Normal for Metal to Show on Cap/crown?
- Asked by megabyte
- 1 year ago
I just had 2 lower molars crowned. On both there is quite a large ugly margin of metal showing on the inside and there is also a fine line of metal showing on the outside. Is this normal? I would expect the metal to be exposed as gums recede with age, but why does it need to show right from the beginning, and why does the porcelain not completely cover the metal so it will never show? Surely, someone can come up with a better composition that would be strong enough...
Esthetics of Dental Crowns
As you know, the most important reason to have a crown/cap placed is that it will strengthen and protect your tooth. Some crowns have a metal structure under the porcelain and depending on the design, can show through. In the lower molar area, it's pretty hard for anyone to notice the esthetic concern of metal show, however there are other materials available that do not contain metal and have excellent strength as well as esthetic appearance. It's likely that the material was chosen for a reason, so as with any dental problem, the best place to start is by having a conversation with your dentist.
Is it Normal to See Dark Metal at the Edge of My Crown?
Crowns are used to repair teeth when there has been extensive damage.
In my opinion, we are now in an age where we no longer need to crown teeth and leave dark lines or dark edges. Research has been very revealing about the strength of our current non-metal crowns. In most situations, there are crowns that are all white and leave no dark edge.
Like any other disappointment, contact your dentist. In a calm manner, ask the same questions and listen to why they chose this for you.
At this point, as long as the crowns fit extremely well, then you may want to leave them alone and nor risk irritating the teeth more by having additional dental work.
WIth nearly EVRY dental procedure, there are options on what you can have placed in your mouth. A great dentist who knows you well, can help guide you to the best choice for you.
Web reference: http://ww.ScottGreenhalghDDS.com
Metal showing around edge of crown
The metal you are referring ti is called a metal collar is the thin metal usually a little more friendly to the gum tissue. By increasing the tooth preparation you can use a new porcelain or product that would solve that issue. Other than the esthetics there should be no issue leaving the crown intact.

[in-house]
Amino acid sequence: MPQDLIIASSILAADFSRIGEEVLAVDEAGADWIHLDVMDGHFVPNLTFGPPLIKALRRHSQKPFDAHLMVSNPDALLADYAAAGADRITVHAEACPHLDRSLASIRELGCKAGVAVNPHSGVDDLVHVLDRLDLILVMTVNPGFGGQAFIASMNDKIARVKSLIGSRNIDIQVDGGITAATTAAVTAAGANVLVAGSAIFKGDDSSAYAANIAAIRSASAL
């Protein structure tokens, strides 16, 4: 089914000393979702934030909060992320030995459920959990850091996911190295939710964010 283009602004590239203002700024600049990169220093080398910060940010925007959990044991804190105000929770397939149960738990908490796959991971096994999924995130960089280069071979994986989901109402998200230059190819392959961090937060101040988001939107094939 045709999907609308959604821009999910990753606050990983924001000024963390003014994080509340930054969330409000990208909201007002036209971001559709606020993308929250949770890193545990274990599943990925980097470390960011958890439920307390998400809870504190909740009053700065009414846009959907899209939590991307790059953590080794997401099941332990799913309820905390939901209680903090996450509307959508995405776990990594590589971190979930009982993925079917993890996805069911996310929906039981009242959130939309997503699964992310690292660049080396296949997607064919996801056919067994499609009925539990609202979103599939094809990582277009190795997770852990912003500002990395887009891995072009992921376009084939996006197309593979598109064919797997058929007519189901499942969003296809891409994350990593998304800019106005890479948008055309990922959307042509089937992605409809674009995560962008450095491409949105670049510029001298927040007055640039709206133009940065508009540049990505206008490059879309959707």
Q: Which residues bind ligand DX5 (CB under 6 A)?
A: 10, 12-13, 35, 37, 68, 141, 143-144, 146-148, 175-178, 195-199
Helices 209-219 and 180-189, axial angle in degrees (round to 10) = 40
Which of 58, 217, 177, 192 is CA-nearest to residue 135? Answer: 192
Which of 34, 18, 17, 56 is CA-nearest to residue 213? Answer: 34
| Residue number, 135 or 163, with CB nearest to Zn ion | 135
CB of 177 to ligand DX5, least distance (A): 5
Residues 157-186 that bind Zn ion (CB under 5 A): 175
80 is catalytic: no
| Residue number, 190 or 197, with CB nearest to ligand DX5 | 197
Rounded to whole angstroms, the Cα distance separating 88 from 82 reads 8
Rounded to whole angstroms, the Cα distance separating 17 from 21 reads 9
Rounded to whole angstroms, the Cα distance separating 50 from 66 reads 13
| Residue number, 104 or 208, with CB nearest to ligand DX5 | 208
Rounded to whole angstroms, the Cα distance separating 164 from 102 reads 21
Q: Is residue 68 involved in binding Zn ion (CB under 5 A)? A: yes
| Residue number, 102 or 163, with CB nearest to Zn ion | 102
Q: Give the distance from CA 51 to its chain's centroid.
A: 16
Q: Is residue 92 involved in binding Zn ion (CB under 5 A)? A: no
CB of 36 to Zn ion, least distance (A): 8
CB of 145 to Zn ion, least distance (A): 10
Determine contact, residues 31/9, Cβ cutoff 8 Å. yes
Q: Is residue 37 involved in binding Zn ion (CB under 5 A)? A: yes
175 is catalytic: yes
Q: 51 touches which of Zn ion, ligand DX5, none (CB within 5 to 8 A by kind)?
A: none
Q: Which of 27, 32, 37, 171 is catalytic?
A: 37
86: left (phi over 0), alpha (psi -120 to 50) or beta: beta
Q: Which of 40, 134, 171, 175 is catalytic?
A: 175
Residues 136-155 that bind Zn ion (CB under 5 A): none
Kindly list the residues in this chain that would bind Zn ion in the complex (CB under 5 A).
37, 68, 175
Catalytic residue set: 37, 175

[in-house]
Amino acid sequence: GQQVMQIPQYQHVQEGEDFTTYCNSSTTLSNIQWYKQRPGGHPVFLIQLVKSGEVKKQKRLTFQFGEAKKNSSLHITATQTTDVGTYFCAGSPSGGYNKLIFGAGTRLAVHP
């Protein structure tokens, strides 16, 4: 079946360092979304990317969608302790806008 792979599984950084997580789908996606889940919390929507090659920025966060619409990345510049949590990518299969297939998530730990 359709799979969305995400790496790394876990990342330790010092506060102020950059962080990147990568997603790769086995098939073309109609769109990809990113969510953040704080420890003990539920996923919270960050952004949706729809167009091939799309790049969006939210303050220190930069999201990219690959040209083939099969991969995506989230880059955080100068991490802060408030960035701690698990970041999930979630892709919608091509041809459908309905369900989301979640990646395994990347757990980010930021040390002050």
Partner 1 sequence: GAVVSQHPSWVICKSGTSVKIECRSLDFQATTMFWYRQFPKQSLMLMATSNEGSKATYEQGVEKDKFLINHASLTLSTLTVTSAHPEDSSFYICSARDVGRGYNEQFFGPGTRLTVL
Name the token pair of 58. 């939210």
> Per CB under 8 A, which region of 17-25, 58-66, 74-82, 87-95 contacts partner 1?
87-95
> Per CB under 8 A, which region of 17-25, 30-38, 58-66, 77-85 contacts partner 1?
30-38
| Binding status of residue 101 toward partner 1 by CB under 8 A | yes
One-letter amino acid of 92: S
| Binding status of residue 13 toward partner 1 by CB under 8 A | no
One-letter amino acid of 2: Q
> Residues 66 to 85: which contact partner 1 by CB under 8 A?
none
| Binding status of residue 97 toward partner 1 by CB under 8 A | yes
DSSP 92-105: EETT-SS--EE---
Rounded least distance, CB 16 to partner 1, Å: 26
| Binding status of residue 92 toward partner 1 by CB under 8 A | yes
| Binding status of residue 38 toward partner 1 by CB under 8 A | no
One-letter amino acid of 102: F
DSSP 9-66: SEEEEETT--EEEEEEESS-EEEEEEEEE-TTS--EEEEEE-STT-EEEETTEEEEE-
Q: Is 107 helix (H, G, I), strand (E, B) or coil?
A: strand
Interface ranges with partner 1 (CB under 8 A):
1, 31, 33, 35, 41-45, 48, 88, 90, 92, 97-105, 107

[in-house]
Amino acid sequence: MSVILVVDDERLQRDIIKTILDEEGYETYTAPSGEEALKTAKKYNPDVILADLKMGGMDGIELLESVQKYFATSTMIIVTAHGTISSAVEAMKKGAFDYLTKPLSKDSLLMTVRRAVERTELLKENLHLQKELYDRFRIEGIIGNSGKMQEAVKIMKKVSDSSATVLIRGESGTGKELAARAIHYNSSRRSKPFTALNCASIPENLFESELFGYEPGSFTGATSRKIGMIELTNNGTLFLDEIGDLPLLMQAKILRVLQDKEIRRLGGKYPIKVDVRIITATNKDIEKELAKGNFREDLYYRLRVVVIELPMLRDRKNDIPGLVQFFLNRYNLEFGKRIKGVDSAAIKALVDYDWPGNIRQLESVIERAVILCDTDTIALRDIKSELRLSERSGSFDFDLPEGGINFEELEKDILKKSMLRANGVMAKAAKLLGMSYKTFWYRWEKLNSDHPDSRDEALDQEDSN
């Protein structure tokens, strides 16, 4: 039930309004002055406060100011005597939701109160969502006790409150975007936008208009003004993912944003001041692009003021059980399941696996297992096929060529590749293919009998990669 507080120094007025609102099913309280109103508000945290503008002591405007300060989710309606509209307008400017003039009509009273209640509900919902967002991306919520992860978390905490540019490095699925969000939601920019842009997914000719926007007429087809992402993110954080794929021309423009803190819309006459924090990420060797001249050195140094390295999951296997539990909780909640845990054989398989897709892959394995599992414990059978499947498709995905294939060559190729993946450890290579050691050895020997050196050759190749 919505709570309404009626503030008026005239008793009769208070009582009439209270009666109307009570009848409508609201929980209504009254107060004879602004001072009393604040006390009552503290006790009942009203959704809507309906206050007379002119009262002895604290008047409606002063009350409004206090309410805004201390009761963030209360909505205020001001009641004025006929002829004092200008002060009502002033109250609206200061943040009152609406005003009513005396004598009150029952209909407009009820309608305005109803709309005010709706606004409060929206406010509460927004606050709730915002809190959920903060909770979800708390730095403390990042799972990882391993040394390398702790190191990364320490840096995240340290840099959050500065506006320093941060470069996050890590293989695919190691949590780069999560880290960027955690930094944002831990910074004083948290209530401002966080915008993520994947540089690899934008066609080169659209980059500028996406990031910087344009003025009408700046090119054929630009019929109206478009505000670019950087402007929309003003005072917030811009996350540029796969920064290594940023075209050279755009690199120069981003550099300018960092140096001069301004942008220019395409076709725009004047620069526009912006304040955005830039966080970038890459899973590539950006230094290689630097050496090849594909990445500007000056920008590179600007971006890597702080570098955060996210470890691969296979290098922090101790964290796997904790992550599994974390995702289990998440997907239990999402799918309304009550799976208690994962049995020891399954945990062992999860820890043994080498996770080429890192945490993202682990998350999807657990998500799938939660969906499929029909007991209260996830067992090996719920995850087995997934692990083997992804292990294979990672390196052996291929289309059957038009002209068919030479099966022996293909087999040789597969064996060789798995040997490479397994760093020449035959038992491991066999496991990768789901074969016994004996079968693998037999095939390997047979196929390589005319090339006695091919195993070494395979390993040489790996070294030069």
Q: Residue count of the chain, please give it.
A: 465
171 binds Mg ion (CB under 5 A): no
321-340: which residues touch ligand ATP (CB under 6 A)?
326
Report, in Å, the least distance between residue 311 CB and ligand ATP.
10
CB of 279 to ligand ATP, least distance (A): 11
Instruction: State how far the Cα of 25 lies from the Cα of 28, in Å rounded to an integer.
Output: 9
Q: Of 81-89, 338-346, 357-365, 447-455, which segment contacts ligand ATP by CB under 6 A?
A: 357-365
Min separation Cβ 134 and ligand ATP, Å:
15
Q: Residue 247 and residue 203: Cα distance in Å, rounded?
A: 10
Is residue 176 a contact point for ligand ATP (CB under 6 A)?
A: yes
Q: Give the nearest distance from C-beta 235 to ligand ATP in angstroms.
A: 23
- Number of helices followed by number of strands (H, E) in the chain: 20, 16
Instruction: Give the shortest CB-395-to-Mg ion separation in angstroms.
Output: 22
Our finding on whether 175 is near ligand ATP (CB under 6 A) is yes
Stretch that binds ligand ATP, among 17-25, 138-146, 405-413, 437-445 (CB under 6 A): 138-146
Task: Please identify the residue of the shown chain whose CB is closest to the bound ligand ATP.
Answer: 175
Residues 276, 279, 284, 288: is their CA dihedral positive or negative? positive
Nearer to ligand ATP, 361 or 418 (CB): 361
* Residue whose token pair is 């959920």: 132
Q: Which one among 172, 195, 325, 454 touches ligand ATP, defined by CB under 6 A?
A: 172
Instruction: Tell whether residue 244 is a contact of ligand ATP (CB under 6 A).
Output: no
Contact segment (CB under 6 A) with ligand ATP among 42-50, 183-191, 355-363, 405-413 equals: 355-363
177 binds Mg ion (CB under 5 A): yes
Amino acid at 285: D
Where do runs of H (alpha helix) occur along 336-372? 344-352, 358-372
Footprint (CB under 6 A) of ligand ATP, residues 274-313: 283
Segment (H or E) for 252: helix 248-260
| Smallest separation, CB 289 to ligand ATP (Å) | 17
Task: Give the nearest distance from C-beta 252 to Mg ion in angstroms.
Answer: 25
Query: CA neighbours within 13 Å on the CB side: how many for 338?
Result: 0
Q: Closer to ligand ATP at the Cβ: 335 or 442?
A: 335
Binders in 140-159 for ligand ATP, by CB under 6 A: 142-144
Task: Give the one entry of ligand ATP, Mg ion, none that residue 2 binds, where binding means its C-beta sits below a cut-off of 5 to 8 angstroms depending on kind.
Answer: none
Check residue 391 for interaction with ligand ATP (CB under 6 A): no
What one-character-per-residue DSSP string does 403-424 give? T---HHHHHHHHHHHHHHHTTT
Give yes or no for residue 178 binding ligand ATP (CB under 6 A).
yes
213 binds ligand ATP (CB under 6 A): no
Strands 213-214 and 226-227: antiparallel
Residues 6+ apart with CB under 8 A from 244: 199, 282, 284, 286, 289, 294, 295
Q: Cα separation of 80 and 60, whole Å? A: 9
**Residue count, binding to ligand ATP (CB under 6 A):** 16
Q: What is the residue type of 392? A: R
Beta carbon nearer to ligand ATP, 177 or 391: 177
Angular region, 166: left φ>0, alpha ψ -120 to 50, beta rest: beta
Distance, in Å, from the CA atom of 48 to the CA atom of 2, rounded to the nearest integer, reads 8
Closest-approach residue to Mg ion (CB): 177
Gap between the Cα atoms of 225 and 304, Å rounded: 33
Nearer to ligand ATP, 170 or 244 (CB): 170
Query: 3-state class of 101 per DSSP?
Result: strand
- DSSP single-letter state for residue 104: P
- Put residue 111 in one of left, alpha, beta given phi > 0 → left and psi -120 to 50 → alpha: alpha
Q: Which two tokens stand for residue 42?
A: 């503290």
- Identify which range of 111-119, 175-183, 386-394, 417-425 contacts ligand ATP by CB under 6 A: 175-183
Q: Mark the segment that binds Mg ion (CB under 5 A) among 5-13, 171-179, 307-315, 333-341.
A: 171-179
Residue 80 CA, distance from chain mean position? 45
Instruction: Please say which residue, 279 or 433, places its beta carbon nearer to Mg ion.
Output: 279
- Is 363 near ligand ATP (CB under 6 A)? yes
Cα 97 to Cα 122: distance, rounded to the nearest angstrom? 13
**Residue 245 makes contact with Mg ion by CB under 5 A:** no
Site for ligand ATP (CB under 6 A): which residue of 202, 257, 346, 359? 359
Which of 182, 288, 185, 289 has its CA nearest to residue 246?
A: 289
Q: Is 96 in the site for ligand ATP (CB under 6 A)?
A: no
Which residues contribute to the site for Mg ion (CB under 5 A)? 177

Recent Dental Crown Reviews
Dental Crown Photos
Crowns show the underlying metal
Crowns show the underlying metal , due to the preparation of the tooth. Metal requires less reduction, and less bulk so that the gums stay healthier. There is a better option and that is an all porcelain crown.You pay more for it but it is the best .
Dark metal showing at gumline with dental crowns
The logic behind having what is called a "metal collar" at the gumline is to allow for a thinner edge to the crown where it meets the tooth which is healthier for the gums. Having the porcelain covering the metal all the way to the gumline can cause gum irritation and bleeding. Having said that, this often unsightly problem can be eliminated in several ways all of which involve replacing the crown(s). One is to reduce the tooth surface more to allow enough room for the lab to build the metal as well as the porcelain and still end up with a nice flush tooth-crown margin that does not cause gum irritation. Other option is to use no metal at all and have the crown made completely from one of the amazingly strong new porcelains or something called Zirconia which is extremely strong and tooth-colored as well.
Metal showing around the margins of new crown
A dental crown, also called a cap, is a sheath that fits snugly over the entire visible surface of the tooth, essentially giving your tooth a new surface. This allows it not only to give the tooth an attractive appearance, but to add support and strength. Most importantly, the crown seals the damaged tooth, protecting it from harmful bacteria. PFM crowns give a good compromise of strength and appearance. They look like porcelain crowns and are strong like metal crowns. All-porcelain crowns are slightly more attractive than PFM crowns as they have a more natural luster, better color matching options, and will not show metal if your gums recede or if the crown experiences wear.